First, I have to say Thank You for all your usually great, well-thought-out articles. They are frequently loaded with good, useful information.

    BUT…

    This seems a bit over the top. All one needs is ready access to a working flashlight. From there, with flashlight in hand, one can round up the rest of that stuff. I always have a flashlight close at hand, day and night. I have one (or more) in every room and vehicle, and know exactly how to get to each one. None are buried inside a fanny pack or other baggage!

    As for the spare ‘circuit breakers’, I can see the need for spare fuses in an older electrical system (been there, done that, back in the day) , but the average homeowner is NOT capable of changing out a circuit breaker. Those who CAN do so certainly could and should have a spare or two on hand, but any who do not already know how to do that should LEARN how BEFORE stocking spares.

    [Anyone who needs to switch over their house to an independent alternative power source would, of course, know how to change a circuit breaker. I hope.]

    Best option of all: One can avoid a ‘total blackout’ situation by keeping a few inexpensive solar yard lights, fully charged each day, inside the house. I’ve picked up many over the years for outdoor use, for as little as 99 cents, and keep a few inside the house for nightlights . The top portion – the actual light and solar charger – can easily be removed from the stake, and placed in suitable locations inside.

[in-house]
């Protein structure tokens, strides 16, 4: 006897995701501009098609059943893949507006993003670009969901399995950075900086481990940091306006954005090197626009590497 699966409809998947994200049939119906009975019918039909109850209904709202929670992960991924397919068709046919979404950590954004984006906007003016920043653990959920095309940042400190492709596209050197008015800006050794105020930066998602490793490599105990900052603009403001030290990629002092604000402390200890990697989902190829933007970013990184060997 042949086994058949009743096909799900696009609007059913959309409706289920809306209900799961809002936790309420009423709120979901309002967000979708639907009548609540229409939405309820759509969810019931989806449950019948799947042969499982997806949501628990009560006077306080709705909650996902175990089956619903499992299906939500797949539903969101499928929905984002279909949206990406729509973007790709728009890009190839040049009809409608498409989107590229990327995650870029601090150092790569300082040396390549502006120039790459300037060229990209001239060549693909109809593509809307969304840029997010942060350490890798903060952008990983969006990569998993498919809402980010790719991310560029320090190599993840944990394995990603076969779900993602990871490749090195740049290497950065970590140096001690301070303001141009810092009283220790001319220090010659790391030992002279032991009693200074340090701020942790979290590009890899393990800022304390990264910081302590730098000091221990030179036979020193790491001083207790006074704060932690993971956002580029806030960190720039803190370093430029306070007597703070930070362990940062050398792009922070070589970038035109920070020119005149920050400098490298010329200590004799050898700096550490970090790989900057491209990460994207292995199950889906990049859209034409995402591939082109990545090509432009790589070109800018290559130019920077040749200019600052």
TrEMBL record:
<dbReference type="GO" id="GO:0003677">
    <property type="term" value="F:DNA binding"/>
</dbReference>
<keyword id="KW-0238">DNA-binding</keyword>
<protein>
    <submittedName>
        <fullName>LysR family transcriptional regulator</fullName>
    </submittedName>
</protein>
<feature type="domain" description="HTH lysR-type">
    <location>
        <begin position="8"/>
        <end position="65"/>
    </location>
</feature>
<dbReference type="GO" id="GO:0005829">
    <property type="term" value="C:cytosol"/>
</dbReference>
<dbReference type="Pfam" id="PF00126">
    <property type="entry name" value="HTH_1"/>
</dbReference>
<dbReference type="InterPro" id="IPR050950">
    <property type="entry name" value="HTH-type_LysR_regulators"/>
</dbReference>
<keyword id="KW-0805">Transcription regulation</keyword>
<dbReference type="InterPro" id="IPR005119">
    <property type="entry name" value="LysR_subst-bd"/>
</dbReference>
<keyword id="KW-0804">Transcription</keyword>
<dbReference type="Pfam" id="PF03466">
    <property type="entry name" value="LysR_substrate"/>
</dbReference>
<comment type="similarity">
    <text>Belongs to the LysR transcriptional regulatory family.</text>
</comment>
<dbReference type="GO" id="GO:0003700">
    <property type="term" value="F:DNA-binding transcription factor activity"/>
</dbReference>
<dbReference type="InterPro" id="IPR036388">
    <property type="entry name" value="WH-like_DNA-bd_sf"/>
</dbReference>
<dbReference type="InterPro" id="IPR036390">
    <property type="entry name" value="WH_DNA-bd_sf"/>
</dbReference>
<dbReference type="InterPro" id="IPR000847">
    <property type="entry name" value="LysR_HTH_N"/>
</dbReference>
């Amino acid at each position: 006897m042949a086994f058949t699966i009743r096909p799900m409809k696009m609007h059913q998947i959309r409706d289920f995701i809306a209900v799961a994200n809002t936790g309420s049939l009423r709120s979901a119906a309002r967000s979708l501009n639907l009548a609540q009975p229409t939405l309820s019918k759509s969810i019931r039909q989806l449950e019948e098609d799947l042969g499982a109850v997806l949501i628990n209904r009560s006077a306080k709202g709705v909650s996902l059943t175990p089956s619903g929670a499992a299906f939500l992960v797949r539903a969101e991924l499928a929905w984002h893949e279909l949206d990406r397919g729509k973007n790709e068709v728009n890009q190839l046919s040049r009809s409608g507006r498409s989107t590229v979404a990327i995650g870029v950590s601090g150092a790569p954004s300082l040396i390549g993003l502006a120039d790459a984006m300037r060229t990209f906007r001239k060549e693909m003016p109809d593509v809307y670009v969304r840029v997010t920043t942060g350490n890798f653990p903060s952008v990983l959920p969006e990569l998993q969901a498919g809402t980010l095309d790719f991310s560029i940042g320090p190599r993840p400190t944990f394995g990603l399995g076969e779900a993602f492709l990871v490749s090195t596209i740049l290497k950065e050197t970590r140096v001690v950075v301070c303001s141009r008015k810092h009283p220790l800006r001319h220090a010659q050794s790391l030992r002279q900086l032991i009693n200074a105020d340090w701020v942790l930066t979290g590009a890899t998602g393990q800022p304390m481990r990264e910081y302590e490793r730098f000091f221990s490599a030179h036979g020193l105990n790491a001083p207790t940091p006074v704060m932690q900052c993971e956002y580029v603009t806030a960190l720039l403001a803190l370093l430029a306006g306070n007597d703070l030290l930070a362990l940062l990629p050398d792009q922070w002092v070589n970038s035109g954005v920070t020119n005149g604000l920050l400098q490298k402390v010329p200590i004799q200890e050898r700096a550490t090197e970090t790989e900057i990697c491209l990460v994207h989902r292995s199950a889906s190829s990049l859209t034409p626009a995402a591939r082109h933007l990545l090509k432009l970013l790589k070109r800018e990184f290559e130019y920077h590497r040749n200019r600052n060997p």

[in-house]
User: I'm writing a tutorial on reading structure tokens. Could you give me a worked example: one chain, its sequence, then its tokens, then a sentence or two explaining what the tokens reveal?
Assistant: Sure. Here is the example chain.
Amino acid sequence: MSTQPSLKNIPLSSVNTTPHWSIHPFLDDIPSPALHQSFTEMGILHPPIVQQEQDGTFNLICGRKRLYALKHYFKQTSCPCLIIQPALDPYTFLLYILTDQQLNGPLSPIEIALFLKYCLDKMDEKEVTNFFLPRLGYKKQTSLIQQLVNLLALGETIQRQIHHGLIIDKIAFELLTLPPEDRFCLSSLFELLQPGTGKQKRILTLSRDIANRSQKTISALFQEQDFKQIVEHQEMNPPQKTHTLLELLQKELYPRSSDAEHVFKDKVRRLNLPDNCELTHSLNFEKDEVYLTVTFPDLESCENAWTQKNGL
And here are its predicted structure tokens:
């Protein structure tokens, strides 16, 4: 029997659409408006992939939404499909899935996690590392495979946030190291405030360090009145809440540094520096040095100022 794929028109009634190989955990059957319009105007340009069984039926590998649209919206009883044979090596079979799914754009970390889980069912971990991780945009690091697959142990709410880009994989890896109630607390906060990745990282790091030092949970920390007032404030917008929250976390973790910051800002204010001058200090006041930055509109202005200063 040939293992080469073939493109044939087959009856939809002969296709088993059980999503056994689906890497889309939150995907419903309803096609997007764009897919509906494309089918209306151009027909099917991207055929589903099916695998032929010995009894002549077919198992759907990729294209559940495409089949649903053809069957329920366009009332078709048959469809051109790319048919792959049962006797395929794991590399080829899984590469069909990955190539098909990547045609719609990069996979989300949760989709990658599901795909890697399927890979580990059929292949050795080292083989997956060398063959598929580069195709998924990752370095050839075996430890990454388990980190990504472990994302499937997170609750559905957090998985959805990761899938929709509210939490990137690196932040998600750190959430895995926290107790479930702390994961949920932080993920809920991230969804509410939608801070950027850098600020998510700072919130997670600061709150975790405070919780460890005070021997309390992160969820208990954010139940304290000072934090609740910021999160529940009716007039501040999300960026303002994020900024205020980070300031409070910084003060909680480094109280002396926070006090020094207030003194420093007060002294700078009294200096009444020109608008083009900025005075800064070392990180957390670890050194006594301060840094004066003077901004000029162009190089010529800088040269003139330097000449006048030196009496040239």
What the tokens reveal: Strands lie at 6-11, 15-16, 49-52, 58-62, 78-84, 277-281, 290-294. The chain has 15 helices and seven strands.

Some of the longest-lasting ones actually use replaceable AA or AAA batteries and even have On-Off switches on the underside! And, yes, those are among the ones I’ve gotten for 99 cents. I set mine atop small clear juice glasses, so the light is visible, but not glaring. It’s almost amazing how well they light up a room in the middle of the night. In a total blackout, they would really shine.

    Just saying….

    • Jacqueline Acevedo Mar 28, 2017, 4:38 pm

      Do you really want to be searching all over the house for these things, when you can have it all ready and set in a box or bag in a predetermined place?

  • richard1941 Dec 19, 2015, 6:06 am

    I have a 3 kW inverter that can attach to my car battery and a 50 foot extension cord that can go into the house. At least we can have electric lights, TV, radio, and computing, but heavy loads like the microwave oven are not feasible.

    As backup lighting, I keep a dozen catholic candles on hand. When buying these, press on the wax; it should be hard. If the wax is soft, it will not burn as long.

    Your cell phone can provide enough light to get to a real light source. Have an LED flashlight in most rooms, because you never know. In a blackout, you can bring all of the flashlights to one room where the family can gather and, will all of the flashlights, have almost normal lighting. Flashlights with a good momentary contact switch can be used to transmit text messages if you know the Morris code. You can learn the code in one day, it is no big deal. Also learn the rudiments of classical cryptography; my family standardized on an old German field code from WW I; it is secure for messages less than 100 characters.

    For extended blackouts, it is a best not to advertise that you have power when others do not; blackout curtains over the windows are a good idea.

    I dislike the chem glow sticks because they cannot be turned off and on like a candle. I have a Coleman lantern, but it STINKS, and will probably kill us with carbon monoxide if we use it.